Labour's Children's Recovery Plan
Informed by the Bright Future Taskforce, Labour has published a Children’s Recovery Plan setting out proposals for all children to ‘play, learn and develop’ in the post-Covid period.
Labour’s plan would deliver:
- Breakfast clubs and new activities for every child: from breakfast clubs to sport, drama, book clubs and debating societies, a fully funded expanded range of extracurricular clubs and activities to boost time for children to play and socialise after months away from their friends.
- Quality mental health support in every school: give every child the support they need to transition back to school and manage personal challenges, with access to qualified in-school counselling staff alongside boosting wellbeing through extra activities;
- Small group tutoring for all who need it, not just 1%: make small group teaching available to all children who need it not just 1%, by reforming the Government’s failing tutoring programme to make sure no child falls behind because of pandemic disruption;
- Continued development for teachers: Teachers have had one of the toughest years of their careers – it is only by supporting them with training to stay on top of the latest knowledge and techniques that we can give every child a brilliant classroom experience;
- An Education Recovery Premium: support every child to reach their potential by investing in children who have faced the greatest disruption during the pandemic from early years to further education, and double the Pupil Premium for children in key transition years, delivering additional support for children who need it most;
- Ensure no child goes hungry: no child will go hungry with Labour, by extending free school meals over the holidays, including the summer break.
Baroness Morris of Yardley is a former teacher and Secretary of State for Education and Skills; Chair of the Birmingham Education Partnership and joint Chair of the Association of Education Partnerships. She is an active member of the House of Lords and has chaired reviews into school performance in Liverpool and Oldham. She previously helped to establish the Institute of Effective Education.
Evelyn Forde MBE
Evelyn Forde is Headteacher of Copthall School, a highly regarded girls’ 11-18 academy with a comprehensive and culturally diverse intake in North West London. Evelyn won the TES Headteacher of the Year Award in November 2020, followed shortly thereafter with being awarded an MBE in the New Year’s Honours List on 31 December 2020.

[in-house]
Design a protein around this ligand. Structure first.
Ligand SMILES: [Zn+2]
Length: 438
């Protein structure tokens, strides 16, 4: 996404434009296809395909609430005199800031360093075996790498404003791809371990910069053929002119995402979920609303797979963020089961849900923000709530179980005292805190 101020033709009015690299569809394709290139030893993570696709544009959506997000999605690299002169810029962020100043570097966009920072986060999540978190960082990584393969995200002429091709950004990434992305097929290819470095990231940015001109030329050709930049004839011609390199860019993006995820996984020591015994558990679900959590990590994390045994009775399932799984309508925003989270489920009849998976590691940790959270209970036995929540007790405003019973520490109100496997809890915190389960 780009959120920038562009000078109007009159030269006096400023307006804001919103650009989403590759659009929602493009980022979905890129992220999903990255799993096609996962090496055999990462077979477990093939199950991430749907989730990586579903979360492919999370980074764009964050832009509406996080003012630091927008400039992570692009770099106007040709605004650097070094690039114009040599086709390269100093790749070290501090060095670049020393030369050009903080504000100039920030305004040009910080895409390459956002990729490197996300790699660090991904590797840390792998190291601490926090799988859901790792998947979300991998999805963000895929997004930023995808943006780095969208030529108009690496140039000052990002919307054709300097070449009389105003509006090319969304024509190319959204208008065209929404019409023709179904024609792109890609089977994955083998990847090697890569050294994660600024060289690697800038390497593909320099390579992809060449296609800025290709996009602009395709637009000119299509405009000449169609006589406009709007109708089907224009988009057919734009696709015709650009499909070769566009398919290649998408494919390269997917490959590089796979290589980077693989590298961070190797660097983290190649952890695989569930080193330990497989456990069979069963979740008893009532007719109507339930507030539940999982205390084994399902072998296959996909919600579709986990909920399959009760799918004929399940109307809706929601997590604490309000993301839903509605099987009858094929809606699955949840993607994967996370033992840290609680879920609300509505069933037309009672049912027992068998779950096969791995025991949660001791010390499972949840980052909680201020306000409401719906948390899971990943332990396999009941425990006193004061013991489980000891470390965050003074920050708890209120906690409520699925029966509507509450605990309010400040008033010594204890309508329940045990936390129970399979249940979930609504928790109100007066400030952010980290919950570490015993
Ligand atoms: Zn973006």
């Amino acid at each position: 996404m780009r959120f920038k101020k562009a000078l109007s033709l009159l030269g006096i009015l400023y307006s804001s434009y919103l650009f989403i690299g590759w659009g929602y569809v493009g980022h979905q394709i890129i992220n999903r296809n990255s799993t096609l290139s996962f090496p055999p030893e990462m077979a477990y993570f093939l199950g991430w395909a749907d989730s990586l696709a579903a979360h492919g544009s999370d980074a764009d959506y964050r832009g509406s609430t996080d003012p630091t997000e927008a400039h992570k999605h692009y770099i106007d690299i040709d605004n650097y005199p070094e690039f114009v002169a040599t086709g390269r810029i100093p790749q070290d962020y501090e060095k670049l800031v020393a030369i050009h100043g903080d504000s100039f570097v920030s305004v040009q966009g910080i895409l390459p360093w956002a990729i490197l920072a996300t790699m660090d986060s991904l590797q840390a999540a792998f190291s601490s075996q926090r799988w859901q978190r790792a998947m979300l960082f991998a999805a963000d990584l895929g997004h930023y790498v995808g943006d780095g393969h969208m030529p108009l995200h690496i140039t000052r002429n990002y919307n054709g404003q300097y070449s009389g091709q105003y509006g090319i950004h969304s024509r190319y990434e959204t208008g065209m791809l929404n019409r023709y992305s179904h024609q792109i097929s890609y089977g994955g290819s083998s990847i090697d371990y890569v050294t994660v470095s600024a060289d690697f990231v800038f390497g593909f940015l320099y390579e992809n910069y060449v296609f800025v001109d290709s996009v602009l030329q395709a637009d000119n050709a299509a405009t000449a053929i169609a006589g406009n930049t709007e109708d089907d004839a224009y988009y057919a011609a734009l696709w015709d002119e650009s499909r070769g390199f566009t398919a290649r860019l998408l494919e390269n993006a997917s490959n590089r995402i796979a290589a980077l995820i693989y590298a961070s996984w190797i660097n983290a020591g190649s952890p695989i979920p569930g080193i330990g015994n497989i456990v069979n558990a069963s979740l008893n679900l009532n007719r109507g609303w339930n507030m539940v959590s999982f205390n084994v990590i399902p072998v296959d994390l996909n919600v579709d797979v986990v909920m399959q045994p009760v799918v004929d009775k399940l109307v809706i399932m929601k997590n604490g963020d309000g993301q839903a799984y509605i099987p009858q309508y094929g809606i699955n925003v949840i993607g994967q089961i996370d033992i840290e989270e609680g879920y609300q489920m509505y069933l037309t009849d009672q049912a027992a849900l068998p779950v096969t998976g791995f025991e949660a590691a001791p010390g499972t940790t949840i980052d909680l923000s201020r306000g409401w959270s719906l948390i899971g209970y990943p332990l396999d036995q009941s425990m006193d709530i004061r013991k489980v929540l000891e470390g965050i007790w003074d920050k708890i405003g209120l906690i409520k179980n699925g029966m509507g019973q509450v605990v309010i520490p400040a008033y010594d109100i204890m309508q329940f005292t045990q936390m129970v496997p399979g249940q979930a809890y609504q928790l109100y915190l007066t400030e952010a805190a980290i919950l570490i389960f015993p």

Andy Westwood is Professor of Government Practice and Vice Dean in the Faculty of Humanities at the University of Manchester. He is a Visiting Professor of Further and Higher Education at the University of Wolverhampton. He has also been a special adviser to ministers on education, skills and science policy at the Department for Innovation, Universities and Skills, and a senior adviser at HM Treasury and in the Departments for Education and Communities and Local Government.
Mick Waters was a teacher and head teacher before working at senior levels in Birmingham and Manchester Local Authorities. He worked at a national level with the Qualifications and Curriculum Authority where he was Director of Curriculum. He works with local authorities and multi academy trusts and, over several years, has been asked to work in countries across the world with national governments or directly with schools to develop revised policy and practice for leadership, governance and classroom teaching.
Julian Grenier is the headteacher of Sheringham Nursery School and Children’s Centre in Newham, East London. Sheringham is one of England’s 27 Research Schools, working with the Education Endowment Foundation to develop evidence-based practice and bring research closer to schools and early years settings. Julian has worked in the early years for over 20 years and has a Doctorate in Education from the UCL Institute of Education (University of London).
Steve Munby is the former CEO of the National College for School Leadership and of Education Development Trust. He is Visiting Professor at University College London, Centre for Educational Leadership and is Chair of the Teaching Awards Trust.
Francine Bates OBE
Francine Bates is a children’s charity sector leader with a strong focus on disability, Special Educational Needs, looked after children and child health. Francine is currently Interim Director of External Relations with The Fostering Network and Non-Executive Adviser to the Evelina Children’s Hospital in London. She was Special Adviser to Ed Balls at the Department for Education between 2007-2010.
Jonathan has been Councillor on Leeds City Council since 2014, and is now the Cabinet Member for Learning, Skills, Employment and Equality. Leeds City Council’s Children’s Services was rated as ‘Outstanding’ by Ofsted in 2018, making Leeds the only ‘core city’ in the UK to be rated so highly.”
Hillary is NUS Vice President for Higher Education. She was previously the Undergraduate Education Officer and Chair of the Widening Participation Network at the University of Bristol Students’ Union. A champion of students, Hillary has worked on many projects that have looked to support the most marginalised students in education and beyond.
Professor Dame Alison Peacock
Professor Dame Alison Peacock is Chief Executive of the Chartered College of Teaching. Prior to joining the Chartered College, Dame Alison was Executive Headteacher of The Wroxham School in Hertfordshire. Her career to date has spanned primary, secondary and advisory roles. She is an Honorary Fellow of Queens College Cambridge and a Visiting Professor of both the University of Hertfordshire and Glyndŵr University. Her research is published in a series of books about Learning without Limits offering an alternative approach to inclusive school improvement.
Kiran Mahil is a teacher and secondary school leader. She has worked for almost a decade in Tower Hamlets. (TBC)